Modification and Application of Antibodies and Their Fragments for Immunostaining in Live Lymphatic Tissue Slices
Kinman, Andrew, Chemistry - Graduate School of Arts and Sciences, University of Virginia
Pompano, Rebecca, Chemistry, University of Virginia
The research presented in this thesis focuses on 3 major themes: 1.) the in-house modification of antibodies, 2.) the validation/testing of antibodies after modification, and 3.) the use of modified antibodies as an immunostaining reagent in live lymphatic tissue slices. For most research labs, the development of novel antibody-dependent methods or antibody-based research tools are often limited by the lack availability of commercial recombinant antibodies, which are best suited to efficiently generate fragments, bispecific, or otherwise modified antibodies. However, the in-house generation of recombinant antibodies is nontrivial. High costs, specialized equipment, and necessary expertise are barriers to in-house recombinant antibody production; thus, the average research lab will may choose to use monoclonal/polyclonal antibodies to make their desired modification by other, more cost effective, methods. Chapter 2 discusses the use of enzymatic digestion of antibodies, as it is more cost effective and approachable than recombinant production for small-scale in-house generation of fragments. The benefits, challenges, validation, and suggested optimization workflow for enzymatic production of antibody fragments are presented in detail. Chapter 3 discusses the application of microfluidics to address optimization and validation needs for another form of antibody modification – the labeling or conjugation of an antibody to another molecule or tag. When labeling, the number of labeled tags (labeling ratio) is often used to approximate the function/affinity of the antibody. Optimizations of these reactions can be time-consuming and costly; thus, there is a need for a rapid, cost-effective, and user-friendly (microfluidic) platform to test antibody labeling ratios. Chapter 4 presents one such application of antibodies labeled with fluorophores for immunohistochemical staining of lymph node slices for spatial determination of substructures and identification of cell surface markers in tissue samples. Chapter 5 presents a novel method to observe the release of cytokine signals from immune cells in live lymph tissue using a conjugated bispecific antibody “dual affinity reagent.” We discuss the production of the dual affinity reagent and propose several validation experiments for its use in observing spatially discrete cytokine release from lymph tissue in response to immune stimuli. We believe that studying live tissue spatial morphology changes and cytokine release in response to certain diseases may allow us in the future to obtain new unique insights into disease progression and may identify key pathways, events, or sub-structures to target for new therapies.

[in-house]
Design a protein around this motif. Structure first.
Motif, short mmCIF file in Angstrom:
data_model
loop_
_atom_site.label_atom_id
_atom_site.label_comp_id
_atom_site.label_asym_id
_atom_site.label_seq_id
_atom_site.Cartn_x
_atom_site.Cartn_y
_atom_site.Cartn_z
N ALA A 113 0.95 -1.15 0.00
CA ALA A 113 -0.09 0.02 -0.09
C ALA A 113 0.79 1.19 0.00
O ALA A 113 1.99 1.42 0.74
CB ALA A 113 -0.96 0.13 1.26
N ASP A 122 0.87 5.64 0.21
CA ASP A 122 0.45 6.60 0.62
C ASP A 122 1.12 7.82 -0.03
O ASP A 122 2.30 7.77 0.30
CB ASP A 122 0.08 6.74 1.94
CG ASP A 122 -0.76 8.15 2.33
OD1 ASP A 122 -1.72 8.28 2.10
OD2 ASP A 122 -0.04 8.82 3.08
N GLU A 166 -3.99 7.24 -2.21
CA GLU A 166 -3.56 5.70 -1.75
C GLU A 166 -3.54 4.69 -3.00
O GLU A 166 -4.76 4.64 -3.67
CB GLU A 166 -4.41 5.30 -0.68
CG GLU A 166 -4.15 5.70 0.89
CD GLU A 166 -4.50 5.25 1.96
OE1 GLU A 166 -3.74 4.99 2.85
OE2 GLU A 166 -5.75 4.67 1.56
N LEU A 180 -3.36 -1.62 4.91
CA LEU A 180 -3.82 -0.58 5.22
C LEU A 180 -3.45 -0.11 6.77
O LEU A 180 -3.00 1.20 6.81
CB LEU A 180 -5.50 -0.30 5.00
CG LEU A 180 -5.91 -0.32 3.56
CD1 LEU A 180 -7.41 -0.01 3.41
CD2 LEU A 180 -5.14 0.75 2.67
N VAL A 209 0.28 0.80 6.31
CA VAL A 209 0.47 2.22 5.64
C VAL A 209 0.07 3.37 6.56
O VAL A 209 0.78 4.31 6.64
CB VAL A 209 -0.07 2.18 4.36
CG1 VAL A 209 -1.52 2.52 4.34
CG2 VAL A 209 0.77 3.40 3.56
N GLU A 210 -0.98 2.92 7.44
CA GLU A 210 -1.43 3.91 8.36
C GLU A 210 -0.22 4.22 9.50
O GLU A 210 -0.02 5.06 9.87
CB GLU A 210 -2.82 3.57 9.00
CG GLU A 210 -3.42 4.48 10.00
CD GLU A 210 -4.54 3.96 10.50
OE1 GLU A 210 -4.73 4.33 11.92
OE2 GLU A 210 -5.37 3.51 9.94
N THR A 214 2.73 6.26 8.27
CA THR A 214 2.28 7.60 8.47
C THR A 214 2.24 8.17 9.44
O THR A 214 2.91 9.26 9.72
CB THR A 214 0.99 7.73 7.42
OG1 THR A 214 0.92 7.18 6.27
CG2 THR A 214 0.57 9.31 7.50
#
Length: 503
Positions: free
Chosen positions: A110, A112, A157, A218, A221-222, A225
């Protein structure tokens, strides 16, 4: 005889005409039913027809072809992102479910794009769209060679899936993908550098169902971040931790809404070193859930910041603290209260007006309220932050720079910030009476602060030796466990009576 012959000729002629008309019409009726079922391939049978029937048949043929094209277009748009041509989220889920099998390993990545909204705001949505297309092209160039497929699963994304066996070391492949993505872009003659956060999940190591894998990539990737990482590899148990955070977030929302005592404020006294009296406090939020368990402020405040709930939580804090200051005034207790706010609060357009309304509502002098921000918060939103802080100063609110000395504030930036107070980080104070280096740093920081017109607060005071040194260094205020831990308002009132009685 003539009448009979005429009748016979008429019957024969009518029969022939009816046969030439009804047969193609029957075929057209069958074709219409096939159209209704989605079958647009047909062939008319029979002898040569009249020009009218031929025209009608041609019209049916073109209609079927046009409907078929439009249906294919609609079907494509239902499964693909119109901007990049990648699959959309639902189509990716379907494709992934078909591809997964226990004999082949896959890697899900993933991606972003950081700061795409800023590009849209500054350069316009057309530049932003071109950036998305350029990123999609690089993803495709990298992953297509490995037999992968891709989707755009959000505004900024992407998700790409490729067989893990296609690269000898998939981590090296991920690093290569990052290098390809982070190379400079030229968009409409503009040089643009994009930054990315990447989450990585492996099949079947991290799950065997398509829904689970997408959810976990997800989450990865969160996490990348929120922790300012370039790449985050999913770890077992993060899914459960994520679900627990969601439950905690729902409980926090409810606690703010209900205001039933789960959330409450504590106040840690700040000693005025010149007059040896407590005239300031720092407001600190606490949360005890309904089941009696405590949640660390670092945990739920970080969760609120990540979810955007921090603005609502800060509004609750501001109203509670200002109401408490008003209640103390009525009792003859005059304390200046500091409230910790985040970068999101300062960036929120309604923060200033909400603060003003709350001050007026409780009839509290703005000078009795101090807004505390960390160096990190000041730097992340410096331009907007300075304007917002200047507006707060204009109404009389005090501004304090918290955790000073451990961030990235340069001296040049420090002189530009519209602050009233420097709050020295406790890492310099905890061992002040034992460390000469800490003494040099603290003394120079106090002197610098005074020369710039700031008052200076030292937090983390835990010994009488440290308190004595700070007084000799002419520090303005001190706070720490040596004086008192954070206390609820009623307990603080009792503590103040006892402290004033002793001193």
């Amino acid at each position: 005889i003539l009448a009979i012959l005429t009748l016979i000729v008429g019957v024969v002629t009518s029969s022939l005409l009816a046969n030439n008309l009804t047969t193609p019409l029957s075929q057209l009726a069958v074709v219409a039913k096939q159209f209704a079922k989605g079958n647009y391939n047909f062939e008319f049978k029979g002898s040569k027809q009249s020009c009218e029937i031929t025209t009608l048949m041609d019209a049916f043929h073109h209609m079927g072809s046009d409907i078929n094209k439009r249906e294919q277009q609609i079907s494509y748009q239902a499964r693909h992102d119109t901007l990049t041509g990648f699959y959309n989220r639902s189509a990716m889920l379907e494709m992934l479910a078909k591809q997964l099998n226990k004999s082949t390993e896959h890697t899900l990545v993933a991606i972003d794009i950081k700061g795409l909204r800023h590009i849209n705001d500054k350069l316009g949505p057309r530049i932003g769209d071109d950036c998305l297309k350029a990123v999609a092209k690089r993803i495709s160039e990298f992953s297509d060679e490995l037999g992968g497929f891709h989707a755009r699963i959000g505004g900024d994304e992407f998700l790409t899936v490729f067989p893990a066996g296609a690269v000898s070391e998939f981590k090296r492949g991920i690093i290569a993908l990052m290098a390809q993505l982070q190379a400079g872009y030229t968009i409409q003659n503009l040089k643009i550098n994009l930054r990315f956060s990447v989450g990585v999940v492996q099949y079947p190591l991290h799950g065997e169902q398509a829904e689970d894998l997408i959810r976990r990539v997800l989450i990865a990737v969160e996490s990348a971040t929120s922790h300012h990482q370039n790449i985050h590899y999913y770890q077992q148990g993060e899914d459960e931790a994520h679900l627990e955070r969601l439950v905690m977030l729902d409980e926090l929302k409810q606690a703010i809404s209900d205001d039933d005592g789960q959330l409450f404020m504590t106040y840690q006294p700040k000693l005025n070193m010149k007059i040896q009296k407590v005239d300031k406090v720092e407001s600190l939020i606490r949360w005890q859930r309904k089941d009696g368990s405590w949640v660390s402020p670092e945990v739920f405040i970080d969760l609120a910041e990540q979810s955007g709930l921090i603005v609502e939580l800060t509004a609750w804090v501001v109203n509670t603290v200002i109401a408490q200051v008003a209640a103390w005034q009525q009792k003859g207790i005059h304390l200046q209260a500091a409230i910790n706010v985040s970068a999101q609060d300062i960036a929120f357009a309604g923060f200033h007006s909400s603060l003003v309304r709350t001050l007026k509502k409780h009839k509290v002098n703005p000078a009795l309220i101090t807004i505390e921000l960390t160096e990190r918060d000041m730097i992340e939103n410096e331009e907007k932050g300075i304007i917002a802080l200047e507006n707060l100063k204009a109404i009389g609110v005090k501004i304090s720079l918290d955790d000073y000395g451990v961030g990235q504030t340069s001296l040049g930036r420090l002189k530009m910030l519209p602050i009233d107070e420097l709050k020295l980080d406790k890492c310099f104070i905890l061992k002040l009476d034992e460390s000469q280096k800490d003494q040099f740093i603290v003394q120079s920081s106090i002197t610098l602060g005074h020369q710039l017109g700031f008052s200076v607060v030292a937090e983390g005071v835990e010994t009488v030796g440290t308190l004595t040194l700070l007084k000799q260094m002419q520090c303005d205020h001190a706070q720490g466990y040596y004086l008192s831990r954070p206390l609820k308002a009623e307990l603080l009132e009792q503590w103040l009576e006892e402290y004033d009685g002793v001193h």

PHD (Doctor of Philosophy)
Antibody, Immunohistochemistry, Immunostaining
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